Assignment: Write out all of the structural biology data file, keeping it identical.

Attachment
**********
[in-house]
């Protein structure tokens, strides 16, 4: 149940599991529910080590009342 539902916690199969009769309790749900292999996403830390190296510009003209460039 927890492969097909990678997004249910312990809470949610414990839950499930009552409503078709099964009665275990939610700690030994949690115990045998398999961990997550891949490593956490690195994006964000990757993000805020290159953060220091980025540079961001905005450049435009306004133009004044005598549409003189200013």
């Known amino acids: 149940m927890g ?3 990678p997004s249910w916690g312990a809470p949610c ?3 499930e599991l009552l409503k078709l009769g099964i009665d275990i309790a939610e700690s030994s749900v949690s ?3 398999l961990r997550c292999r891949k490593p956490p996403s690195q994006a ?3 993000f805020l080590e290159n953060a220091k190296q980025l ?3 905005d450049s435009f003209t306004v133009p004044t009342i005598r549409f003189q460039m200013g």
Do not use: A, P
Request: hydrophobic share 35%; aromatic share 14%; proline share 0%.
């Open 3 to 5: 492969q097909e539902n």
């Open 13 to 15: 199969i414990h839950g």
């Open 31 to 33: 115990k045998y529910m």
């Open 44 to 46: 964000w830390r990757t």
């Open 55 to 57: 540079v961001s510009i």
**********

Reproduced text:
[in-house]
């Protein structure tokens, strides 16, 4: 149940599991529910080590009342 539902916690199969009769309790749900292999996403830390190296510009003209460039 927890492969097909990678997004249910312990809470949610414990839950499930009552409503078709099964009665275990939610700690030994949690115990045998398999961990997550891949490593956490690195994006964000990757993000805020290159953060220091980025540079961001905005450049435009306004133009004044005598549409003189200013």
């Known amino acids: 149940m927890g ?3 990678p997004s249910w916690g312990a809470p949610c ?3 499930e599991l009552l409503k078709l009769g099964i009665d275990i309790a939610e700690s030994s749900v949690s ?3 398999l961990r997550c292999r891949k490593p956490p996403s690195q994006a ?3 993000f805020l080590e290159n953060a220091k190296q980025l ?3 905005d450049s435009f003209t306004v133009p004044t009342i005598r549409f003189q460039m200013g």
Do not use: A, P
Request: hydrophobic share 35%; aromatic share 14%; proline share 0%.
């Open 3 to 5: 492969q097909e539902n």
């Open 13 to 15: 199969i414990h839950g």
């Open 31 to 33: 115990k045998y529910m």
């Open 44 to 46: 964000w830390r990757t």
């Open 55 to 57: 540079v961001s510009i």